Throughout the past year numerous books and articles have been published commemorating the three-hundredth anniversary of the birth of Scottish philosopher David Hume (1711-1776). Writing in National Review, Lawrence Klepp said of Hume that he “is still inspiring and vexing professional philosophers, especially those in the Anglo-American analytic tradition.”
In The New Republic, Amartya Sen declared, “Hume’s influence on the nature and reach of modern thinking has been monumental. From epistemology to practical reason, from aesthetics to religion. . .the intellectual world was transformed by the enlightening power of his mind.”
Hume, an empiricist, did indeed have an impact on epistemological thought, particularly in the realm of moral philosophy – but not for the best. As the late Shirley Robin Letwin wrote in The Pursuit of Certainty, “He set out to destroy the traditional Christian view of man as divided between Divine reason and brute passion and directed his attack at the metaphysics that had since Plato’s time supported it.”
In his work, An Enquiry concerning Human Understanding, Hume attempts to be a more genuine empiricist than predecessors John Locke (1632-1704) and George Berkeley (1685-1753) by rejecting all causes and substances and concluding that speculative knowledge and metaphysics are futile.
For Hume, all valid knowledge is acquired by sensory perceptions that vary in degrees. Hence, all ideas are only copies of sense impressions. We get certain impressions from individual things that are lively and vivid. The idea is a perception of a kind, but less vivid. As a consistent empiricist, Hume denies any radical difference between sensation and ideas.
If ideas are only copies of sense impressions, then if one has an idea, which cannot be referred to a sense impression, that idea must be false. And because there are no sense impressions corresponding to substance or to cause or universals or necessity, Hume holds they do not exist. Thus, with one sweep, there remain no substances, no bodies, no minerals, no organisms, no men; in a word, no things.
Cause and effect, contiguity or succession, do not exist in Hume’s world. “All our reasoning concerning causes and effects” he argued, “are derived from nothing but customs.” Habits or expectations or temporal sequences make people believe one action follows another. They mistakenly hold the force of an idea as a physical force.
Empirical philosophy cannot account for causality (“whatever comes to be has an efficient cause” – Aristotle) because, metaphysically, causes and effects are simultaneous. From experience we do not observe the causal nexus between two billiard balls. Instead we infer (non-empirically) that the power in ball A was transferred to ball B.
David Hume, empiricist and enemy of Christian thought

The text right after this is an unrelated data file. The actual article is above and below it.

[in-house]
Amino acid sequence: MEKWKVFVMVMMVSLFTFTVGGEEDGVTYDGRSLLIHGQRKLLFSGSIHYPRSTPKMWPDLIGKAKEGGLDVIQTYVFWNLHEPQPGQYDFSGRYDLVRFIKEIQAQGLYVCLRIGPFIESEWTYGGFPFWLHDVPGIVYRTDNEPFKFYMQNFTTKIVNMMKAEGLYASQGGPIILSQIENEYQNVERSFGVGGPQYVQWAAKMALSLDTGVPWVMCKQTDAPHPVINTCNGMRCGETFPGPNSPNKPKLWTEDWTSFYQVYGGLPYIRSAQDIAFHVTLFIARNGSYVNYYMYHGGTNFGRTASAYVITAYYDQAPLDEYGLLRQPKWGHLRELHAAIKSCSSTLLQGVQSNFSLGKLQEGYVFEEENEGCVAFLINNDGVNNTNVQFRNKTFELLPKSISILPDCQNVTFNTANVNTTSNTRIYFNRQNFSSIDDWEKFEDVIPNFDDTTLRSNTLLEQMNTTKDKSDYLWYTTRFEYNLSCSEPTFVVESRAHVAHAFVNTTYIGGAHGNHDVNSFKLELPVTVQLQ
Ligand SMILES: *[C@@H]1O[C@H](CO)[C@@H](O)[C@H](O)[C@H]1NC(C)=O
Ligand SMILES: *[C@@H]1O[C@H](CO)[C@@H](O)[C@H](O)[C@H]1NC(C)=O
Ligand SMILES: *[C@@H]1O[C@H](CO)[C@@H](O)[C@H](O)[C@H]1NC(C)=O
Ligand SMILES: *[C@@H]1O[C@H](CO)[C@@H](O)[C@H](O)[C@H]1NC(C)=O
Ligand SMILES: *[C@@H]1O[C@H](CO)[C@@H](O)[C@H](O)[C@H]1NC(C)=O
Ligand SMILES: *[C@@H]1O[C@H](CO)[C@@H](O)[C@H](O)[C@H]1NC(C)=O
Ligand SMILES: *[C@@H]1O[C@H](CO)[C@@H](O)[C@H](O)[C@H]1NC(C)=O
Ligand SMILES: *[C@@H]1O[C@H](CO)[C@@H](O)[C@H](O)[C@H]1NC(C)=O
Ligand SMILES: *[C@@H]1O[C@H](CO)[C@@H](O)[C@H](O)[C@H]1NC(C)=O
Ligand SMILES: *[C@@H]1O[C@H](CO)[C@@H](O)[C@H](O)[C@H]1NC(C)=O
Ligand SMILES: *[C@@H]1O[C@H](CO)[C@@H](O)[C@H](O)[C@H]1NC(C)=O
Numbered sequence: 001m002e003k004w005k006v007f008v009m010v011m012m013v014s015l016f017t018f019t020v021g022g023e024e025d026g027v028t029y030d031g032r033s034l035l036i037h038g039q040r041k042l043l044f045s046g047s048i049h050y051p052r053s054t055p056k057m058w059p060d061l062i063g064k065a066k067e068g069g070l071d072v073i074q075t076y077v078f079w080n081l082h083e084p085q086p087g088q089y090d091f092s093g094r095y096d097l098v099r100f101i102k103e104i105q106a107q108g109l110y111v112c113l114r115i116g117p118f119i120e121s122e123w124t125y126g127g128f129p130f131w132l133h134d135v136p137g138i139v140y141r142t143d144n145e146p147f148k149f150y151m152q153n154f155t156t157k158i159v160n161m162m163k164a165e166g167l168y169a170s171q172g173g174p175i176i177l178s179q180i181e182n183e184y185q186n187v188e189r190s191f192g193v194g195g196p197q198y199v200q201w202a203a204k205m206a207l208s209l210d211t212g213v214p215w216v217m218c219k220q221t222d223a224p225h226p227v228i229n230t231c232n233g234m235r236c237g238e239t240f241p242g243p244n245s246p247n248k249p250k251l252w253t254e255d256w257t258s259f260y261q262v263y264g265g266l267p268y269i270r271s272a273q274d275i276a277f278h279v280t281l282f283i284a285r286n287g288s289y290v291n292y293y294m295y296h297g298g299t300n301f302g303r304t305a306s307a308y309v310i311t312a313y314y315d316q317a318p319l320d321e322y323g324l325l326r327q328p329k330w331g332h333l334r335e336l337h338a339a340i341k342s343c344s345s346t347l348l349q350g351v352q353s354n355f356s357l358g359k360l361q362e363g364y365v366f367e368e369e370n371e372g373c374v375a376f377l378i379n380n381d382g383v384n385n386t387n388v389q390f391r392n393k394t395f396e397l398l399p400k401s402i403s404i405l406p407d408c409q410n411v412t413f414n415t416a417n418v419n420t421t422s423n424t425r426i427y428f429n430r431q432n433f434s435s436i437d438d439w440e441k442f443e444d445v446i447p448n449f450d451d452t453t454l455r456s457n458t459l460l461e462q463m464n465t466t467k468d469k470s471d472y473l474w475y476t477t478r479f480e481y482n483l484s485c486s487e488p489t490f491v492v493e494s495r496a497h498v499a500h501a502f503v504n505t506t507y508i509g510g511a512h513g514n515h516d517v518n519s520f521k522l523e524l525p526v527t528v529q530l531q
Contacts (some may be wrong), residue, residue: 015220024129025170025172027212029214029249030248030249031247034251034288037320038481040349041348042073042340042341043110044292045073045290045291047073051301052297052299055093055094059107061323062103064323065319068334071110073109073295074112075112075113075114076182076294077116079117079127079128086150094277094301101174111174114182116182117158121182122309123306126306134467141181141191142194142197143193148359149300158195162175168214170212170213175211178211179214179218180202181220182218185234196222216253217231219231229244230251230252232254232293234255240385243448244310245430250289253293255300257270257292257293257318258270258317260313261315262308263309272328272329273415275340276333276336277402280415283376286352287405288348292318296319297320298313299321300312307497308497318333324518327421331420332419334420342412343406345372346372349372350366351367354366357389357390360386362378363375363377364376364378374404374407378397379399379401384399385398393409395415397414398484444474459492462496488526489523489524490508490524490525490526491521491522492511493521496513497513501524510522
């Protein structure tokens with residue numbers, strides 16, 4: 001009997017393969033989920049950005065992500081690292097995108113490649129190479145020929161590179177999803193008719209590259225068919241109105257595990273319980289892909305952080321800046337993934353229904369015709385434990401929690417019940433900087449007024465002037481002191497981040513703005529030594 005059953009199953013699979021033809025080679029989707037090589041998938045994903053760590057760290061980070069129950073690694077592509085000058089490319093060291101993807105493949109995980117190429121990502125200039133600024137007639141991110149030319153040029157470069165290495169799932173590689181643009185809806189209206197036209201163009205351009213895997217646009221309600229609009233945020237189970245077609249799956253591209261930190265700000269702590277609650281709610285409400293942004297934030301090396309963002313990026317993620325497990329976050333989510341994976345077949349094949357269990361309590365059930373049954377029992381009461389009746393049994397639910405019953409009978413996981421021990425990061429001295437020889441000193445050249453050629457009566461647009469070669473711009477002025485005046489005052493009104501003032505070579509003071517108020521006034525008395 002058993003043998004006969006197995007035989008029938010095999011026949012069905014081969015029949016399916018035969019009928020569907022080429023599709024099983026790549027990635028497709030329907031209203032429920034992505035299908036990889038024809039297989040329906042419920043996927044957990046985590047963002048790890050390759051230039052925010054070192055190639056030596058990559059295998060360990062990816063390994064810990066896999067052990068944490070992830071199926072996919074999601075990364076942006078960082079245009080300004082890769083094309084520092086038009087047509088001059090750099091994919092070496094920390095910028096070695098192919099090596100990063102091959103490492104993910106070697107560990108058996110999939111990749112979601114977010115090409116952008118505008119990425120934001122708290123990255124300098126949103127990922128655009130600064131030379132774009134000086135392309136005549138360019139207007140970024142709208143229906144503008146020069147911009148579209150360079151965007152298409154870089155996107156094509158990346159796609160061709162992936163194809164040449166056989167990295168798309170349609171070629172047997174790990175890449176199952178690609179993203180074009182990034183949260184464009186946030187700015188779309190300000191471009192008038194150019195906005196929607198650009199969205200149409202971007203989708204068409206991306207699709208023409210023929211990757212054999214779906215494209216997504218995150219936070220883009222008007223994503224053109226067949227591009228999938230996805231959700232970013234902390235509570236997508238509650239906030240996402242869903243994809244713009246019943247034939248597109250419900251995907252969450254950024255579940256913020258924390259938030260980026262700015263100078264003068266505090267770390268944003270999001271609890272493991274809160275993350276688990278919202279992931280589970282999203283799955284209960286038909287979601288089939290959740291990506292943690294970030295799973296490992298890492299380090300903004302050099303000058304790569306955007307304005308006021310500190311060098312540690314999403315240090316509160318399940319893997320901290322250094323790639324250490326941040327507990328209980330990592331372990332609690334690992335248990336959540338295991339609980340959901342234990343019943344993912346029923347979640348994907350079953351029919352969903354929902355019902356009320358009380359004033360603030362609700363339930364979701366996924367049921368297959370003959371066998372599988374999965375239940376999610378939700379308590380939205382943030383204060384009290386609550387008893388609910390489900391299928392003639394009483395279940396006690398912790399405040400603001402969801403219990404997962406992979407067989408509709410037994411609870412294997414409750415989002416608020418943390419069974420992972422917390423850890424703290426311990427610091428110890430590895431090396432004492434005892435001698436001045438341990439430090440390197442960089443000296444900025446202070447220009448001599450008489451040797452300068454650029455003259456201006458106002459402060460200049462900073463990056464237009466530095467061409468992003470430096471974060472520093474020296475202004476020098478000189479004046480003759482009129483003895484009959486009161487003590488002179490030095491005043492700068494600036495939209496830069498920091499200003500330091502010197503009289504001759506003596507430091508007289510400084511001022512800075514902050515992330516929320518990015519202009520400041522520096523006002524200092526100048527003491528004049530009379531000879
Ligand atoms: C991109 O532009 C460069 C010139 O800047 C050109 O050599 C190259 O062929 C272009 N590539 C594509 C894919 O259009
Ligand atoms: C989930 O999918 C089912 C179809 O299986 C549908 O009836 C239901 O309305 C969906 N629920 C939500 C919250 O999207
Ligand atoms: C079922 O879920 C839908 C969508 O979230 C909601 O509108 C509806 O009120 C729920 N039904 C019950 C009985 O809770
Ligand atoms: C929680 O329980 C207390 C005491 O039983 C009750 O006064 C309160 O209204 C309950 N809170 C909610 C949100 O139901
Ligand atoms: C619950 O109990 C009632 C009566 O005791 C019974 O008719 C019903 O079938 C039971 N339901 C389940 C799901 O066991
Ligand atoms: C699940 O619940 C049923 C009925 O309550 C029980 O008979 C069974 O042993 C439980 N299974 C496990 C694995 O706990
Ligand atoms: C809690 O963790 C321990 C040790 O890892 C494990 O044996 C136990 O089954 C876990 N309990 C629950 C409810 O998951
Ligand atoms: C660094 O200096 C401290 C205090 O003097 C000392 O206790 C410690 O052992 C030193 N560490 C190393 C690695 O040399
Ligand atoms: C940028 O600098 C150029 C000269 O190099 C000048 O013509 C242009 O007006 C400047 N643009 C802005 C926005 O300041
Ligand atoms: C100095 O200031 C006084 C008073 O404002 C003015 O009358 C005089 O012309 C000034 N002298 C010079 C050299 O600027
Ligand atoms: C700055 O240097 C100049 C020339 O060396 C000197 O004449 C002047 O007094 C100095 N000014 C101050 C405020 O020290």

For Hume, cause exists apart from effect because it cannot be observed. And having separated cause, he proceeds to analyze the notion of cause and finds no effect.
If Hume is right, many disciplines which are known through the intellect, and cannot be justified on purely empirical grounds, become meaningless:
1. Science, which seeks universals and is the knowledge of things through their causes. (There is no science of the individual. The Chemist will study in an individual molecule of zinc only those properties which are common to every molecule of zinc);
2. Mathematics, which depends on the notion of infinity and necessity. (No trigonometric function is empirical, e.g., the Law of Cosines: c²=a²+b²-2ab cos C)
3. History (e.g., Caesar crossed the Rubicon), which is not accepted empirically, but on faith.
Without causality, there can be no philosophical appeal to God, the first cause. Hume wanted to create an order safe from divine interference, so he denied any link to God. He severed the connection between the supernatural order and the natural one. He reduced belief in a supreme being to fideism – reliance on faith alone. Belief in God comes from feelings and customs not from reasoning.
Empirically, there can be no justification of natural laws: not only the natural physical laws of science, but more especially the natural moral laws. All laws must be purely civil.
There can be no value judgments, no “inalienable rights,” no natural rights. There can be nothing beyond animal emotions – sense, appetites, pleasure, pain. By discarding the power of human reason, there can only be feelings or sentiment.
By restricting himself to the empirical, Hume can never be certain of anything. Unless he is perceiving something, he cannot be certain it actually exists. And the only thing that saves him from total skepticism is belief derived from a funny inside feeling.
The renowned modern Catholic philosopher Etienne Gilson concluded that “the influence of Hume was mainly destructive” because “his skepticism, the ultimate conclusion of a movement initiated by Descartes, ended in a sort of desperate nihilism.”
By eliminating all religious foundations from Western Civilization, Hume opened the doors to the radically secular, particularly the utilitarianism of Jeremy Bentham (1748-1832) and John Stuart Mill (1806-1873), which held that pleasure and pain are the only motives governing mankind.
We continue to live in a troubling world that they helped create.